The annual invoice from WordPress sits in my inbox. It assures me I don’t have to do anything, that my plan will renew automatically, billed to the credit card on file. But I know have to do something. That credit card was 86’ed last summer, when someone skimmed my number and posted $2000 worth of charges in an overnight online shopping spree. There were a couple of runs to a mini-mart somewhere in New Jersey that night, as well. Likely snacks to fuel the freeform larceny. At any rate, should WordPress try to charge the card that end in the digits 0824, it will be sorely disappointed. And I’ll receive another e-missive telling me the attempt failed.

So, the invoice sits there, sandwiched between a recall notice from my local Subaru dealership and an invitation from Shelf Unbound to enter my small press-published novel in their annual literary contest.

 

My plan was to cancel my WordPress account. After eight years, it seemed time to dismantle this blog. Who blogs anymore, anyway? I have so little time to work on my novel-in-progress, why waste a moment here, strokes on a keyboard that could be, should be, directed toward a word count in Scrivener, churning through plot holes and character development? I took the renewal notice on my defunct credit card as a sign. It was time to leave the blog world behind.

 

That was three weeks ago. Yesterday morning, in a fit of industry, I caught up on my expense reports, tracked down how much I have left in a long-forgotten HSA, figured out what I need to do to change the beneficiary on my 401(k) (which is strangely far simpler to do than changing the street address associated with my account). I have yet to deal with the car recall or enter that literary contest, but I have decided to keep this blog.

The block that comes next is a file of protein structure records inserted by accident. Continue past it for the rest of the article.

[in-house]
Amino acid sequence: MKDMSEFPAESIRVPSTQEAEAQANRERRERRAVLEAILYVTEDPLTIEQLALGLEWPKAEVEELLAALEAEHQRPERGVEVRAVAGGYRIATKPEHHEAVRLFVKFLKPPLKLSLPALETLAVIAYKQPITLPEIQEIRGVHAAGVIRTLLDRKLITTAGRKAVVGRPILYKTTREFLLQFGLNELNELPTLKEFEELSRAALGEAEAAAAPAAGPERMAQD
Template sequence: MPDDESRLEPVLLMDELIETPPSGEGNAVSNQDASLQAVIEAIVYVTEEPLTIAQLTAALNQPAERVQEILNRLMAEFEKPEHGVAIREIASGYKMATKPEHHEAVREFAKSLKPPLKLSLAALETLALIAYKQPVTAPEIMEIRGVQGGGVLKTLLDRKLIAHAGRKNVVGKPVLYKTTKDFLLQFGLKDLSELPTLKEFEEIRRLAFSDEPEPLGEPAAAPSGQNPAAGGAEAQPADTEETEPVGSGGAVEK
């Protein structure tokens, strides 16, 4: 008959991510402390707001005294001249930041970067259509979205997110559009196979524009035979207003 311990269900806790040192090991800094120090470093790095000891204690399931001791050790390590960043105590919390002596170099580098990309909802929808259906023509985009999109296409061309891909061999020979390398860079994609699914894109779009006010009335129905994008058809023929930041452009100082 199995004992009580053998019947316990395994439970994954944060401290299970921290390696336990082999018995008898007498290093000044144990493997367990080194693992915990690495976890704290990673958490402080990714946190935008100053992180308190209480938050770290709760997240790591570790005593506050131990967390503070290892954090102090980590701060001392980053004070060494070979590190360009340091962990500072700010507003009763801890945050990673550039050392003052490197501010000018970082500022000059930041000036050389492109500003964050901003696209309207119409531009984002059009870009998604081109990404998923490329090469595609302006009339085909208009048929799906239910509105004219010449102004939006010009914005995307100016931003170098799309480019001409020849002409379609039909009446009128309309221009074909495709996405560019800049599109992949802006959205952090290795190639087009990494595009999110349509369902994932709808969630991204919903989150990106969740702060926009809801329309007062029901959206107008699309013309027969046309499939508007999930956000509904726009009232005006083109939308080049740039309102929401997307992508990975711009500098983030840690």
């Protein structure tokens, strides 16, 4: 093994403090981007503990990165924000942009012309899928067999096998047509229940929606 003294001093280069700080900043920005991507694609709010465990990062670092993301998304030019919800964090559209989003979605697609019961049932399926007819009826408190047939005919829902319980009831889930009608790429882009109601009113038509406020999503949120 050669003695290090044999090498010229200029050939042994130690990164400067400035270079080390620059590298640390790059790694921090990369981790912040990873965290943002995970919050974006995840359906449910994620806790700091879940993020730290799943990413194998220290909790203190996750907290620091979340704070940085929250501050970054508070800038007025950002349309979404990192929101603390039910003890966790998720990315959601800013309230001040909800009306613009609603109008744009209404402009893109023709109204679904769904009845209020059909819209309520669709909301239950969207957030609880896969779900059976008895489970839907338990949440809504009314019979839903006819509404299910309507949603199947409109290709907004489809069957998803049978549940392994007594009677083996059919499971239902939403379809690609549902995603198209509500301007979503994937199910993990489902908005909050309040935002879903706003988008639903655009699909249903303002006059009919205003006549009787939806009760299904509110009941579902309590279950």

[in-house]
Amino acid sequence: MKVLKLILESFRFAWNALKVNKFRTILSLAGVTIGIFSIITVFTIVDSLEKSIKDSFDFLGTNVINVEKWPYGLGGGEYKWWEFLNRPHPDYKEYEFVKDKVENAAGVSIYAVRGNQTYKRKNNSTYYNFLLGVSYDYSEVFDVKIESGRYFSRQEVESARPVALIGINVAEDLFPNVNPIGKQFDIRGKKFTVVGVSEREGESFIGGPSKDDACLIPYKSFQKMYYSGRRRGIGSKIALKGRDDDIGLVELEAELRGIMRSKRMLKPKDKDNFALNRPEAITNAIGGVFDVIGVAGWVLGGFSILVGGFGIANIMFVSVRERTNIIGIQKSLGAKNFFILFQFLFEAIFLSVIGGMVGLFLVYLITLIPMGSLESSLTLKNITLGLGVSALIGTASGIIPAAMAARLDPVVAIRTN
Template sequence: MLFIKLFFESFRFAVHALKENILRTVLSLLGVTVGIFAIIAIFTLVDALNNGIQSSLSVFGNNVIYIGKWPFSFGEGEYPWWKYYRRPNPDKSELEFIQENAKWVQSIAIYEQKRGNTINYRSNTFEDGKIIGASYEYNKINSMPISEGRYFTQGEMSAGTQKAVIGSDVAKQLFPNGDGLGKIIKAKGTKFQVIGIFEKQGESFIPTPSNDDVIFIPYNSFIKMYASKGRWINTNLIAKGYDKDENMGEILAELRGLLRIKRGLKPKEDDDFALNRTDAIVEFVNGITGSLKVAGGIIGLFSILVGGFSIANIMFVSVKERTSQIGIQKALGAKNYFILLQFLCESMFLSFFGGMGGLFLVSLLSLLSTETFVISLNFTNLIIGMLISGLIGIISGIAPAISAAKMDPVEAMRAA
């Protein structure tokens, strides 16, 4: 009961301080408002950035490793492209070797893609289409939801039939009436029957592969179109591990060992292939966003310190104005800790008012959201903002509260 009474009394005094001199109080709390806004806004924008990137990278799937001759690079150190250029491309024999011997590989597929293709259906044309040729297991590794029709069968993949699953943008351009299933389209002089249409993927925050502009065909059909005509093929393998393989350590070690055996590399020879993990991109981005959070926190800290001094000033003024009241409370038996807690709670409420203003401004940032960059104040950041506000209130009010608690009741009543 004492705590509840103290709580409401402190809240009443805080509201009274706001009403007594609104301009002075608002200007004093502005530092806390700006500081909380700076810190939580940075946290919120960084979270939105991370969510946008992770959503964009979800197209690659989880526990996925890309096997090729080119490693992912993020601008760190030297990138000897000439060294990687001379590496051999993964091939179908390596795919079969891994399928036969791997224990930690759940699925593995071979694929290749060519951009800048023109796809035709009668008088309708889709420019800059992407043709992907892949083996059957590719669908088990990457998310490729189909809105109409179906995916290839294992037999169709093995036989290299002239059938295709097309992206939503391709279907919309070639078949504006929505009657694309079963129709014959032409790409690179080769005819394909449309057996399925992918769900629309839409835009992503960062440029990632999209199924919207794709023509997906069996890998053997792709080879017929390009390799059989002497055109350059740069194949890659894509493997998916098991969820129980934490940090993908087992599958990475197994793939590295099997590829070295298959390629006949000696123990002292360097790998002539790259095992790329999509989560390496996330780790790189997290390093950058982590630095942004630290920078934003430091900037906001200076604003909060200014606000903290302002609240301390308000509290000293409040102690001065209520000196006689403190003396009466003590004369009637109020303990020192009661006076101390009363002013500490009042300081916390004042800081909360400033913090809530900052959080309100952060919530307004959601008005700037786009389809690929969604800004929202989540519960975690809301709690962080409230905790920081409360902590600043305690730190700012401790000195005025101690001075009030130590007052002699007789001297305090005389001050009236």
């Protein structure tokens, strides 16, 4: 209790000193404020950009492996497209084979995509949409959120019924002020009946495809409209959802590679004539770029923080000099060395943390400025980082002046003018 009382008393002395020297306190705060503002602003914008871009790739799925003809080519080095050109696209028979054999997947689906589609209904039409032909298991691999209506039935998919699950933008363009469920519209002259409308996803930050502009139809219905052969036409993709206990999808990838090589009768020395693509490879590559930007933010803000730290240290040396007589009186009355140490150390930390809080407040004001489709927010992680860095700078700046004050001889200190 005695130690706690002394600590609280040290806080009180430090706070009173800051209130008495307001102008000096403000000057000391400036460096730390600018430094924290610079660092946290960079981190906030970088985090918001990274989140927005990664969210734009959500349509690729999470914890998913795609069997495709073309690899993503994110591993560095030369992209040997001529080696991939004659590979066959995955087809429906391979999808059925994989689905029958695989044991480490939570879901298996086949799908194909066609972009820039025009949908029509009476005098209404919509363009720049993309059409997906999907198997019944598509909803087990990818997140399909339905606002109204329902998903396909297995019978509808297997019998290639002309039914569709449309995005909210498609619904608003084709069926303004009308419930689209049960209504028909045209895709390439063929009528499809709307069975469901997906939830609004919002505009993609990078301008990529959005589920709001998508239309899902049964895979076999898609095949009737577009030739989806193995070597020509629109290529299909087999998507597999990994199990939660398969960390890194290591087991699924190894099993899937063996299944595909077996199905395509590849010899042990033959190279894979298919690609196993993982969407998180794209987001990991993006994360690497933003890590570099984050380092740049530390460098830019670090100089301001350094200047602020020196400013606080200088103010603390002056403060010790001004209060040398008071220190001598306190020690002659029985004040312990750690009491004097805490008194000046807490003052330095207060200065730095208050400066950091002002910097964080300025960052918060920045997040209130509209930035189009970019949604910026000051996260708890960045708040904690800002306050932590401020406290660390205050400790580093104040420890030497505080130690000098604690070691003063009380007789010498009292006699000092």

I’ve said goodbye to so much that has brought my writer a sense of clarity and forward momentum since the publication of my first novel in 2016. In two messy, wearying years, I’ve gone from writing full-time, coexisting joyfully with my words, to wondering if I still have the right to call myself a writer because I’m not at it every day. There was a time I published a blog essay every Monday. The more I wrote, the more the words flowed. I had the space in my brain and guts for all the words: the novels-in-progress, freelance editing projects, essays, newsletters, short pieces, classes to take, classes to teach. Now I despair of ever getting back to that sweet spot. I mourn what was.

 

Perhaps that’s the necessary part of the process to get at what’s newly possible.

 

I began this blog eight years ago simply to have a place to write that wasn’t a journal, where my words weren’t hidden away. I hadn’t yet begun to write creatively, but the need to release the words was visceral. This hasn’t changed.

 

Giving up on this blog means giving up yet one more thing that defines me as a writer, one less place where my words fit and mean something, at least to me. I won’t put the pressure on myself to be here in any sort of regular capacity, at least not until the other parts of my writing self get the full attention they deserve, but knowing this space is here, when the mood fits the time available is a comfort. A shout.

 

re·new·al
rəˈn(y)o͞oəl/
noun
noun: renewal; plural noun: renewals
  1. an instance of resuming an activity or state after an interruption.
  2. the action of extending the period of validity of a license, subscription, or contract.
  3. the replacing or repair of something that is worn out, run-down, or broken.